In celebration of Cliff Lee’s series-clinching complete game, we turn to two mailbag questions regarding the connection between him and the Yankees.
WWJMD ask: With a good post-season, can we consider Hughes the #2 starter going into 2011? If so and if Andy returns, wouldn’t it be better to go after a middle of the rotation starter instead of Lee and use the money saved towards the bench and contract extensions?
Do we really need a third veteran free agent starter signed multi-year well into their 30’s? I like Lee but at most on a Halladay-type deal and only if the yankees find a way to cut losses on Burnett (even if it means cutting him or eating his salary through trade). The team needs to start making room for young talent, hopefully by 2012 implementing hughes chamberlain and some of the “B’s” in the rotation. The opportunity cost of having a stale unflexible starting staff is high as seen through the mid-2000’s.
To the Hughes question, I’d say no. Among the current crop of Yankees pitchers there’s a good chance he’ll be second best in 2011. But, because the best pitcher in baseball hits the free agent market, there’s a better chance that he’ll be third best.
The rest of the question, and the entire second question, run counter to what we hear from the most vocal fans. Every day, but especially on days that Lee pitches, we hear clamoring for his presence in pinstripes. He is over 30 and will require a costly contract, but that’s what any team will have to pay. Why not the Yankees?
It’s true that even without Lee the Yankees should have a formidable rotation in 2011. Sabathia will return as the top man, and if Phil Hughes can build on his 2010 he could be an excellent second option. Andy Pettitte and A.J. Burnett will likely come next. That leaves one spot open for competition. We’d see guys like Ivan Nova, Joba Chamberlain, and even perhaps some of the AAA guys like David Phelps and D.J. Mitchell, get a shot at that last spot. Or, as the first reader suggests, they could sign a mid-rotation arm.
In a recent mailbag we explored alternatives to Cliff Lee and came up empty. Today I’ll throw out one alternative as a mid-rotation arm: Jorge De La Rosa. In the past few years, as he has entered his prime, he has developed as a pitcher. This year he started to throw his changeup more often, and according to pitch type values it has gotten better in each of the last three years. His fastball isn’t great, but he still throws 93, 94, which teams will always find attractive, especially from a left-handed pitcher. He also has a good slider that he breaks out as his third pitch.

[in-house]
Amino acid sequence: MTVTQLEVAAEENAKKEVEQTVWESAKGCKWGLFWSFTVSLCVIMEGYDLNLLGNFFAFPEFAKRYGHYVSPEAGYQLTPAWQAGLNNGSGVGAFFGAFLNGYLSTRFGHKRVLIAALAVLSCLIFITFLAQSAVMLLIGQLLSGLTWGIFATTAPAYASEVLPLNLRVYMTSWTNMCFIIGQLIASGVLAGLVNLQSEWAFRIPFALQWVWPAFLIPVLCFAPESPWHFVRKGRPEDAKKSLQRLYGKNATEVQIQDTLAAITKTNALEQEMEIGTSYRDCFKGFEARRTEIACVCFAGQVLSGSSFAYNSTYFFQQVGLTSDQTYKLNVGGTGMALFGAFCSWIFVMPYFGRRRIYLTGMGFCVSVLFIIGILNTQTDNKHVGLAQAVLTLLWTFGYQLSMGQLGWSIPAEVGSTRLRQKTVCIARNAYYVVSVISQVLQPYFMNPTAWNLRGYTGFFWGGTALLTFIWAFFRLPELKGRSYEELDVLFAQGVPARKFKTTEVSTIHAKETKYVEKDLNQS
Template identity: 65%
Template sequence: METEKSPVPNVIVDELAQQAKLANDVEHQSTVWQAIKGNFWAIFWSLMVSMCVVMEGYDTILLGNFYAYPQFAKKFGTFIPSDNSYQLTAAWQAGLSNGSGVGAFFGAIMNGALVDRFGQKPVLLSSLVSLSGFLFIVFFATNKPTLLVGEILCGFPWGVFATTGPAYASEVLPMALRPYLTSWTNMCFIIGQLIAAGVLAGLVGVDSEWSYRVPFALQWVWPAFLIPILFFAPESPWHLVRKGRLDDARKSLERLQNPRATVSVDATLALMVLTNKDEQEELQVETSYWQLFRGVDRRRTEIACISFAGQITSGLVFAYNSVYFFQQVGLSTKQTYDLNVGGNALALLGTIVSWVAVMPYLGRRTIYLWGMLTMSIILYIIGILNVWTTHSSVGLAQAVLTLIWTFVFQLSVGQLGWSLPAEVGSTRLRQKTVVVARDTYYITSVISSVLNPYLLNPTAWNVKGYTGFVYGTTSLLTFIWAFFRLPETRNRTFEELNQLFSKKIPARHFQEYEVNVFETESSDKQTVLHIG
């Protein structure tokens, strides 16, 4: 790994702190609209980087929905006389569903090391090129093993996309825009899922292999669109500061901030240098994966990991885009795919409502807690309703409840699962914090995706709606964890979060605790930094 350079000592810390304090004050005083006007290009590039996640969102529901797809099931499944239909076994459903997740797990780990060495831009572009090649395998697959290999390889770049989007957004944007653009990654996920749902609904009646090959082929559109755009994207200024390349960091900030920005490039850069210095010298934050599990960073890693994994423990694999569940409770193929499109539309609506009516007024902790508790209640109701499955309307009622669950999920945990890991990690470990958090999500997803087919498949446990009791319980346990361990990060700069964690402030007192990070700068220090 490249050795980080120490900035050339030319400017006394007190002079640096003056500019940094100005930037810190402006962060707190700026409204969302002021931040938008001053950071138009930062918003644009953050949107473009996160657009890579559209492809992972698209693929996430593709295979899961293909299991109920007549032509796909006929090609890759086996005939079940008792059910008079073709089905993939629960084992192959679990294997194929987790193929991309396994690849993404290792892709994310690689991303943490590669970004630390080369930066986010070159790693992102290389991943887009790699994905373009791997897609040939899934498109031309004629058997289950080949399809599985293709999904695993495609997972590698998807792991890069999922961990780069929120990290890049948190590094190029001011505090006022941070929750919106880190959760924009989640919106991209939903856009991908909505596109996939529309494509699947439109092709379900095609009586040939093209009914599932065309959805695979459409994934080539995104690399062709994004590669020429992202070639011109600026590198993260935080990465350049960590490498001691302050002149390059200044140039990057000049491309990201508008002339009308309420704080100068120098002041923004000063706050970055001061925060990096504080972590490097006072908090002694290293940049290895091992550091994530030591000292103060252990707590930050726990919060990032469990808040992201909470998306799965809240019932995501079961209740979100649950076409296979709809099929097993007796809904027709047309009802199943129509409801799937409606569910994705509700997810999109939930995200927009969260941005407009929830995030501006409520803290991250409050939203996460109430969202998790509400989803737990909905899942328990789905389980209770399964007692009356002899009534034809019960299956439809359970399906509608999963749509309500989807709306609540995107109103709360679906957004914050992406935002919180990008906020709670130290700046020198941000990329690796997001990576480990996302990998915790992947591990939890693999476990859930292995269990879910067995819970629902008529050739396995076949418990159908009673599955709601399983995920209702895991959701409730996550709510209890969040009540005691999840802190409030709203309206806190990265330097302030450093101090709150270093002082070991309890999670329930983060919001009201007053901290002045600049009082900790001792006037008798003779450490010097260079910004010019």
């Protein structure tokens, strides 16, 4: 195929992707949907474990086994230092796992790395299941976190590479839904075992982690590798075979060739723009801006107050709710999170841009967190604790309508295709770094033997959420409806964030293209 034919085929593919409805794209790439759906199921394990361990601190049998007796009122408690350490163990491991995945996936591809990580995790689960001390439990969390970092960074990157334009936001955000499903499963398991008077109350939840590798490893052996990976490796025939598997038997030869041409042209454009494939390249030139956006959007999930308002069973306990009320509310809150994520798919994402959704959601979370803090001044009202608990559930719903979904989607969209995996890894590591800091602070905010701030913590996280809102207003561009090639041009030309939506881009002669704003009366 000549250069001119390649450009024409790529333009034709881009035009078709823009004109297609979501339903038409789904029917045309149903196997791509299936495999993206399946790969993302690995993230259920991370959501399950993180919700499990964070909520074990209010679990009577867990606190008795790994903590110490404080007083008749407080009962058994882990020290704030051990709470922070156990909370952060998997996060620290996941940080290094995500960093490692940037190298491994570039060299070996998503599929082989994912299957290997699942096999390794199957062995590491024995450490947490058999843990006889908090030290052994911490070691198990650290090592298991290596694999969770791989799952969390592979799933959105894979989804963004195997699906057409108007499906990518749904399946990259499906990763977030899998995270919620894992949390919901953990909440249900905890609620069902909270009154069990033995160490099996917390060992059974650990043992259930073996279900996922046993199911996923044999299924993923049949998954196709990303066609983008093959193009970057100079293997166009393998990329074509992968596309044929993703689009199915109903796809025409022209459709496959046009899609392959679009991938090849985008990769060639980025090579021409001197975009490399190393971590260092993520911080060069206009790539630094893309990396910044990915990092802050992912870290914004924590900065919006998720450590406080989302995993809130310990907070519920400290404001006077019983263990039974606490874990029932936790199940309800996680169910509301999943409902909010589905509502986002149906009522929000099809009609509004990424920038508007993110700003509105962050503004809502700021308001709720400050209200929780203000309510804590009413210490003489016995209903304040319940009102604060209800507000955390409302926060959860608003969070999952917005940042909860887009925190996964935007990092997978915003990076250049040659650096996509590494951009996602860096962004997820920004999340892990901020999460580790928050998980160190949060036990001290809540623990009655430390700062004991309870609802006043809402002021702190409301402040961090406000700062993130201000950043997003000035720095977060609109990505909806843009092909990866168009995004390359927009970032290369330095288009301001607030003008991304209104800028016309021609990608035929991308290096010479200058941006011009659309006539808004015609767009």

Still, he’s no Cliff Lee. Slotting him in behind Sabathia gives the Yankees the kind of rotation they thought they had in 2009. It also affords them some depth, since those guys who otherwise would have competed for a rotation spot will now be stored in the bullpen or in AAA. As we saw this season, and even last, depth can become important mid-season when one guy or another goes on DL. The Yanks should have a few options to replace any injured starter in 2011.
To the point of saving money, why would the Yankees do that? Their No. 1 resource is their capital. The issue of signing bench guys isn’t necessarily money. It’s convincing a bench player to sit while Cano, Jeter, Teixeira, and A-Rod take the field almost every day. Trading for bench guys is the way to go. We’ve seen that work in the past few years. Plus, bench guys aren’t typically expensive. If they are, chances are the Yanks don’t want him on the bench.
The point in the second question about making room for young talent is something the Yankees should certainly consider, but ultimately it shouldn’t be a consideration when making Lee an offer. We’re all hyped about Banuelos, Brackman, and Betances. But we all know, whether we acknowledge it or not, that the Yanks would be extremely lucky to have even one of them work out. Prospects are a crapshoot. Some get hurt, some don’t continue to develop, some flop at the major league level. You can wish on a prospect, but you shouldn’t let one, or three, get in the way of signing baseball’s best pitcher.
Even then, I’m not sure it’s a long-term issue. There is little chance that any of the three is ready before 2012. By that point Andy Pettitte will almost certainly retire. For all we know, Sabathia could opt out and leave (even though he’s indicated that he won’t). Burnett will have just two years left on his deal. Someone could get hurt. There will be spots open in the rotation. There’s no need to pass on Lee just to create another one. If they do that, they could run into the other problem of the 00s: a complete dearth of quality pitchers.
Also, there is a maybe a 0.5 percent chance that Burnett pitches anywhere else next season. You don’t eat $52 million on a guy who can come back and help you next season.